Below is a Shockwave Therapy case study of a typical patient that found relief from this treatment.
This is an average case of plantar fascia pain
Background of Pain
Mrs P is a 46 year old female office worker who enjoys running in the evenings and going for walks with family and friends in the park. 6 months ago she started to notice a niggle in her heel, which was very painful getting up in the morning but then loosened out over in under 30 mins.
- Walking 45-60 mins
- After sitting for long periods
- Flat shoes
- Standing for long periods
Mrs P attended a physiotherapy clinic who released some muscles in the back of her leg and provided some stretching exercises. This helped for a short period but did not resolve her pain.
At this stage, she felt there was no cure for it and tried to continue her life
After 6 months she got fed up and began looking for an alternative treatment.
Mr P came to my clinic and after an assessment, I found that she had a chronic case of plantar fascilitis. She was weak in her calf muscles and hip muscles which was overloading the plantar fascia in her foot as she walked.
While the stretching exercises did help they did not resolve the weakness in her hip and calf.
The aim of the initial treatment is to get the sharp acute pain under control by means of shockwave and some stretching and strengthening exercises to be done every second day. Advice was provided to wear appropriate footwear when walking during the day. If she begins to get sore walking- note how long she had been walking for. We then use this a marker or baseline to show improvement
Mrs P’s next session was 7 days later Mr P reported a 50% reduced in pain in the morning but still had pain walking after 40 mins.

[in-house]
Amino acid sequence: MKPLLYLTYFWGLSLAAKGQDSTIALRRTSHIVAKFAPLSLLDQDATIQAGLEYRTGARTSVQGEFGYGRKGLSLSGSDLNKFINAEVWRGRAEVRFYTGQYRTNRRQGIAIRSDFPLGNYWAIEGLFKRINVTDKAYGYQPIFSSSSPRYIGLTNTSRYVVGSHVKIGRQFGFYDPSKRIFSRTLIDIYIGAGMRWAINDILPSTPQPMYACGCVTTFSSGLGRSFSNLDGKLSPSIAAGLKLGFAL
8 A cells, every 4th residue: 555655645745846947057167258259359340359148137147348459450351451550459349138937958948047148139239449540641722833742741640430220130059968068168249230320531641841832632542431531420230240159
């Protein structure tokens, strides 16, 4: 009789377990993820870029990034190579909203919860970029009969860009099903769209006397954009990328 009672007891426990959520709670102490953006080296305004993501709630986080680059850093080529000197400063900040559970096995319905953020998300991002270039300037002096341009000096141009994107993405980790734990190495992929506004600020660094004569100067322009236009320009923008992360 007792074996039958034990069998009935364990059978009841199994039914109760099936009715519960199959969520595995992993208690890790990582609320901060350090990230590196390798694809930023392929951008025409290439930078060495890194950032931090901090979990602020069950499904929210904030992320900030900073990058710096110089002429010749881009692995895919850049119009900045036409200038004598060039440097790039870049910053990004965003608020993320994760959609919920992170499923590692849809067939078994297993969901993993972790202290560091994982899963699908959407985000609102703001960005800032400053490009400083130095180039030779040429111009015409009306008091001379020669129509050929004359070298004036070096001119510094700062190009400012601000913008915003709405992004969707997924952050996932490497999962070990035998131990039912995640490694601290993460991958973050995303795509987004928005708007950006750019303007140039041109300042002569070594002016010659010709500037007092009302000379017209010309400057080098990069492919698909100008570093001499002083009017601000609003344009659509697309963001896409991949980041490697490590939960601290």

Shockwave was repeated and bodyweight exercises were progressed to more difficult exercises to further strengthen the foot. These were again repeated every 2 days.
Mr P noticed a further 10% reduction in pain in the am, following the second session treatment of Shockwave and is glad she is seeing progress. She can now walk 55 mins until the onset of pain.
Mr P was now asked to complete exercises holding weights in hand to further increase the strength in the foot.
She is beginning to feel strong in the foot and lower leg.
The physiotherapist followed up with Mrs P after 2 weeks and she reported that she was 75% improved after 3 weeks of physiotherapy.
It was decided to do a fourth and final shockwave session that week and progress exercises to some gentle hopping on both feet and then onto one foot, to mimic running.
8 weeks after treatment began Mr P is 90% improved, has no pain in the morning, can walk for 90 mins with no pain and can run for 20 mins with no pain.
Number of session = 4
Length pain = 6 months
Time to full recovery = 10 weeks
Compared to our competitors
- Multi clinic company all sessions €80 euro
- High Tech Hospital €95 euro
- Physio Clinic close by €70- Old machine